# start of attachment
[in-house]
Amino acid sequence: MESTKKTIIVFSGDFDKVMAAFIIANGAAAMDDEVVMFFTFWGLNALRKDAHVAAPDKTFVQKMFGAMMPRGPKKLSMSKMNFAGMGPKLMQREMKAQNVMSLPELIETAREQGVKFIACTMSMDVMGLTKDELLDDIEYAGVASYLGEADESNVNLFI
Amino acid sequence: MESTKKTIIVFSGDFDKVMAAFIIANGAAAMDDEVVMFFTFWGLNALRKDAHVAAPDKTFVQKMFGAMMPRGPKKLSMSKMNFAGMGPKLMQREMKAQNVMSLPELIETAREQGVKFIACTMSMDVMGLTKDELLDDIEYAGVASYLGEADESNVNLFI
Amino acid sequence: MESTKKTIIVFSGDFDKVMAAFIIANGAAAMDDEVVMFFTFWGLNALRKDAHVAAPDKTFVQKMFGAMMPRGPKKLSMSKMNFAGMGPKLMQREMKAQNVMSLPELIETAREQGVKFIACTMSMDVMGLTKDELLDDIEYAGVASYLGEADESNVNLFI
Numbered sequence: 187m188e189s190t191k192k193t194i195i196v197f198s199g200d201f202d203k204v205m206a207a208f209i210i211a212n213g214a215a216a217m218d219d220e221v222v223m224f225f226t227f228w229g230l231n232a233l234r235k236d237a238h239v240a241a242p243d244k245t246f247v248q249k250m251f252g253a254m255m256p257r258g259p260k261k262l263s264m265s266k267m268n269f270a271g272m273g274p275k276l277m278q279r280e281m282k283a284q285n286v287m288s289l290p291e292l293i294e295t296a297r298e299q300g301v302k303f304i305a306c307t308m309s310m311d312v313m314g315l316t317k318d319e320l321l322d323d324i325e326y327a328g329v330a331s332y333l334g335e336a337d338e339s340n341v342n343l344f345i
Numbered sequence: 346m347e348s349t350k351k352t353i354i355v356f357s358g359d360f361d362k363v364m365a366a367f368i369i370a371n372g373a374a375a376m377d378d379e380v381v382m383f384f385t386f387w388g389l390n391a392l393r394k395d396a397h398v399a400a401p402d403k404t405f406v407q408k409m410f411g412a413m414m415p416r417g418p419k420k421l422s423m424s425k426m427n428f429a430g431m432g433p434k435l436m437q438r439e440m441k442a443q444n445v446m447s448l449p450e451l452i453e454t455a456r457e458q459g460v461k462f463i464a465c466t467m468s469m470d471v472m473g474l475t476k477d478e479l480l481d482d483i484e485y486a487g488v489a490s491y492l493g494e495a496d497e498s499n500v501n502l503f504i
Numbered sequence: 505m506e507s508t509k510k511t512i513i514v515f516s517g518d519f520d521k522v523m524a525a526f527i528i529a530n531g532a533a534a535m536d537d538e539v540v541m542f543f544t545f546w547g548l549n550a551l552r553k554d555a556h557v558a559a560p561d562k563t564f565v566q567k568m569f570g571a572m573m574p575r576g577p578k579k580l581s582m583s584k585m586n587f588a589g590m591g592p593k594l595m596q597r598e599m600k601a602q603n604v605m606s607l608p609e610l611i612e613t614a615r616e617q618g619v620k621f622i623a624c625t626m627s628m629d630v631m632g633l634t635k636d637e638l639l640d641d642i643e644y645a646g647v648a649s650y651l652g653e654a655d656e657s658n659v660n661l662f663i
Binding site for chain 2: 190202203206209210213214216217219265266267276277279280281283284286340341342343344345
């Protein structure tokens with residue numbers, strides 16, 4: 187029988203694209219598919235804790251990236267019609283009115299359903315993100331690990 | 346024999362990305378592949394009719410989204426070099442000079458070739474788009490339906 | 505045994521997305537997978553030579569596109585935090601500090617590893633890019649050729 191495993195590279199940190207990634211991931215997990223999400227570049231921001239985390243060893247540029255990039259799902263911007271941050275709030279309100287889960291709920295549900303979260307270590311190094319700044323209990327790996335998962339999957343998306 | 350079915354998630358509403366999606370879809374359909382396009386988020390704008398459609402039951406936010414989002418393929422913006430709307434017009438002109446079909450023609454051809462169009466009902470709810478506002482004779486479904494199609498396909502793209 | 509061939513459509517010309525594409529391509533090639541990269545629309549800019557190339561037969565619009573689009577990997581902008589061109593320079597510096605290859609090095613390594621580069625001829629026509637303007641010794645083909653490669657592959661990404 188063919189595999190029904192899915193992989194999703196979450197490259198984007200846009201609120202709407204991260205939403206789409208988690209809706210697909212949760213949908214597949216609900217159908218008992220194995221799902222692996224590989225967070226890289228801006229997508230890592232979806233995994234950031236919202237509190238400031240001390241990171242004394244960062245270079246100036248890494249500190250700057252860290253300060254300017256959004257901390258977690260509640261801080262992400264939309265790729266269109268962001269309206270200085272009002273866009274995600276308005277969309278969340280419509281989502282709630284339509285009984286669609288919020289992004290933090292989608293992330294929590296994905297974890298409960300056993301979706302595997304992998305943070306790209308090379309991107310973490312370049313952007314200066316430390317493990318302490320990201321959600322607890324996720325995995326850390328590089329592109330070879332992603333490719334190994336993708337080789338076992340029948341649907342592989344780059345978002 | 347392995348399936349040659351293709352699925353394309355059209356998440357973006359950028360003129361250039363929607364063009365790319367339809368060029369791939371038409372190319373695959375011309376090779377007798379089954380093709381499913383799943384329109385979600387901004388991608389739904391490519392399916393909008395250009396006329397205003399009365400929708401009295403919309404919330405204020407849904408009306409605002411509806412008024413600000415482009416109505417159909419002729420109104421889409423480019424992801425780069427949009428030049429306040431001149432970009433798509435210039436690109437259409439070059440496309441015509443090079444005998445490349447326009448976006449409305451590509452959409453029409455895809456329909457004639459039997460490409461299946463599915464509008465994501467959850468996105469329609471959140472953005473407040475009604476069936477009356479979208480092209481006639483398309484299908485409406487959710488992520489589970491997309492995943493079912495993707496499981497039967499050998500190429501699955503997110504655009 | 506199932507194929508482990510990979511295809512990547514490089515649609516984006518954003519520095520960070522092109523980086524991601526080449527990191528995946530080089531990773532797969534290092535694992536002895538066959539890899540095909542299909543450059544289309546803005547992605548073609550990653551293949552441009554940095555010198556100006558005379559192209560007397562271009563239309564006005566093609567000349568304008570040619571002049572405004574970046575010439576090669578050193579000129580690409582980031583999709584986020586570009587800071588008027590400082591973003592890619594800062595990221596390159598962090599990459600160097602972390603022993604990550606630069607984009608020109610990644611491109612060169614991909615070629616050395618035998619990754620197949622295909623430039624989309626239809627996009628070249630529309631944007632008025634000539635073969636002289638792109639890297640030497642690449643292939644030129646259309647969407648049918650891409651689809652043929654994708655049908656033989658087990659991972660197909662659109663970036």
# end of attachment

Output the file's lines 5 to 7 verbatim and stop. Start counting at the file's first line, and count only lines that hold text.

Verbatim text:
Numbered sequence: 187m188e189s190t191k192k193t194i195i196v197f198s199g200d201f202d203k204v205m206a207a208f209i210i211a212n213g214a215a216a217m218d219d220e221v222v223m224f225f226t227f228w229g230l231n232a233l234r235k236d237a238h239v240a241a242p243d244k245t246f247v248q249k250m251f252g253a254m255m256p257r258g259p260k261k262l263s264m265s266k267m268n269f270a271g272m273g274p275k276l277m278q279r280e281m282k283a284q285n286v287m288s289l290p291e292l293i294e295t296a297r298e299q300g301v302k303f304i305a306c307t308m309s310m311d312v313m314g315l316t317k318d319e320l321l322d323d324i325e326y327a328g329v330a331s332y333l334g335e336a337d338e339s340n341v342n343l344f345i
Numbered sequence: 346m347e348s349t350k351k352t353i354i355v356f357s358g359d360f361d362k363v364m365a366a367f368i369i370a371n372g373a374a375a376m377d378d379e380v381v382m383f384f385t386f387w388g389l390n391a392l393r394k395d396a397h398v399a400a401p402d403k404t405f406v407q408k409m410f411g412a413m414m415p416r417g418p419k420k421l422s423m424s425k426m427n428f429a430g431m432g433p434k435l436m437q438r439e440m441k442a443q444n445v446m447s448l449p450e451l452i453e454t455a456r457e458q459g460v461k462f463i464a465c466t467m468s469m470d471v472m473g474l475t476k477d478e479l480l481d482d483i484e485y486a487g488v489a490s491y492l493g494e495a496d497e498s499n500v501n502l503f504i
Numbered sequence: 505m506e507s508t509k510k511t512i513i514v515f516s517g518d519f520d521k522v523m524a525a526f527i528i529a530n531g532a533a534a535m536d537d538e539v540v541m542f543f544t545f546w547g548l549n550a551l552r553k554d555a556h557v558a559a560p561d562k563t564f565v566q567k568m569f570g571a572m573m574p575r576g577p578k579k580l581s582m583s584k585m586n587f588a589g590m591g592p593k594l595m596q597r598e599m600k601a602q603n604v605m606s607l608p609e610l611i612e613t614a615r616e617q618g619v620k621f622i623a624c625t626m627s628m629d630v631m632g633l634t635k636d637e638l639l640d641d642i643e644y645a646g647v648a649s650y651l652g653e654a655d656e657s658n659v660n661l662f663i